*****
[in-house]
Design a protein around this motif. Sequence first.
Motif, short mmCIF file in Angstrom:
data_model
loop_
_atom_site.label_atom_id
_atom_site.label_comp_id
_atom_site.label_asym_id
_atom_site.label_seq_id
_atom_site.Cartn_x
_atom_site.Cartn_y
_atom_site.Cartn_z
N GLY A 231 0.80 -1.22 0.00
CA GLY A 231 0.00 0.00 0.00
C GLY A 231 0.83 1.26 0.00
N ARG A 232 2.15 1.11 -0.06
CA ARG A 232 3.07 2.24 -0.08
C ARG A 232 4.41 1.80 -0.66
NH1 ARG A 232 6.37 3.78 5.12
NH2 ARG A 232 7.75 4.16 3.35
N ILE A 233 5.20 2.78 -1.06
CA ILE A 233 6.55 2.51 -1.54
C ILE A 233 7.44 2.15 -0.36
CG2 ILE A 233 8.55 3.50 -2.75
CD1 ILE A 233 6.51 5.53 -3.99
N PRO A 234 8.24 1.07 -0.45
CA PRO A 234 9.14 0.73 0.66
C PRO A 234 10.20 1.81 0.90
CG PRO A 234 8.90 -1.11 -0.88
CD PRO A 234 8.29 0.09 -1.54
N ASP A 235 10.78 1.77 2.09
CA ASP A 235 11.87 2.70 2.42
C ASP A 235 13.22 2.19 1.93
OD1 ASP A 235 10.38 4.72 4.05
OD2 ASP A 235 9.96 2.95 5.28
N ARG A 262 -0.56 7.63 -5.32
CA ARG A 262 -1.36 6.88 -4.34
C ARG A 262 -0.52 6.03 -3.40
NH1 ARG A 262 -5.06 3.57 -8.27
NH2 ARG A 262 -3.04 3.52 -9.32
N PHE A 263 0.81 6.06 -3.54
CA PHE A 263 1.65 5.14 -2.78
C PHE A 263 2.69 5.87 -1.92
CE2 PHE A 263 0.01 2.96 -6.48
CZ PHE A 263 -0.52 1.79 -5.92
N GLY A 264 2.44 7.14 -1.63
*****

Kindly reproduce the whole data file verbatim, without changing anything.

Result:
[in-house]
Design a protein around this motif. Sequence first.
Motif, short mmCIF file in Angstrom:
data_model
loop_
_atom_site.label_atom_id
_atom_site.label_comp_id
_atom_site.label_asym_id
_atom_site.label_seq_id
_atom_site.Cartn_x
_atom_site.Cartn_y
_atom_site.Cartn_z
N GLY A 231 0.80 -1.22 0.00
CA GLY A 231 0.00 0.00 0.00
C GLY A 231 0.83 1.26 0.00
N ARG A 232 2.15 1.11 -0.06
CA ARG A 232 3.07 2.24 -0.08
C ARG A 232 4.41 1.80 -0.66
NH1 ARG A 232 6.37 3.78 5.12
NH2 ARG A 232 7.75 4.16 3.35
N ILE A 233 5.20 2.78 -1.06
CA ILE A 233 6.55 2.51 -1.54
C ILE A 233 7.44 2.15 -0.36
CG2 ILE A 233 8.55 3.50 -2.75
CD1 ILE A 233 6.51 5.53 -3.99
N PRO A 234 8.24 1.07 -0.45
CA PRO A 234 9.14 0.73 0.66
C PRO A 234 10.20 1.81 0.90
CG PRO A 234 8.90 -1.11 -0.88
CD PRO A 234 8.29 0.09 -1.54
N ASP A 235 10.78 1.77 2.09
CA ASP A 235 11.87 2.70 2.42
C ASP A 235 13.22 2.19 1.93
OD1 ASP A 235 10.38 4.72 4.05
OD2 ASP A 235 9.96 2.95 5.28
N ARG A 262 -0.56 7.63 -5.32
CA ARG A 262 -1.36 6.88 -4.34
C ARG A 262 -0.52 6.03 -3.40
NH1 ARG A 262 -5.06 3.57 -8.27
NH2 ARG A 262 -3.04 3.52 -9.32
N PHE A 263 0.81 6.06 -3.54
CA PHE A 263 1.65 5.14 -2.78
C PHE A 263 2.69 5.87 -1.92
CE2 PHE A 263 0.01 2.96 -6.48
CZ PHE A 263 -0.52 1.79 -5.92
N GLY A 264 2.44 7.14 -1.63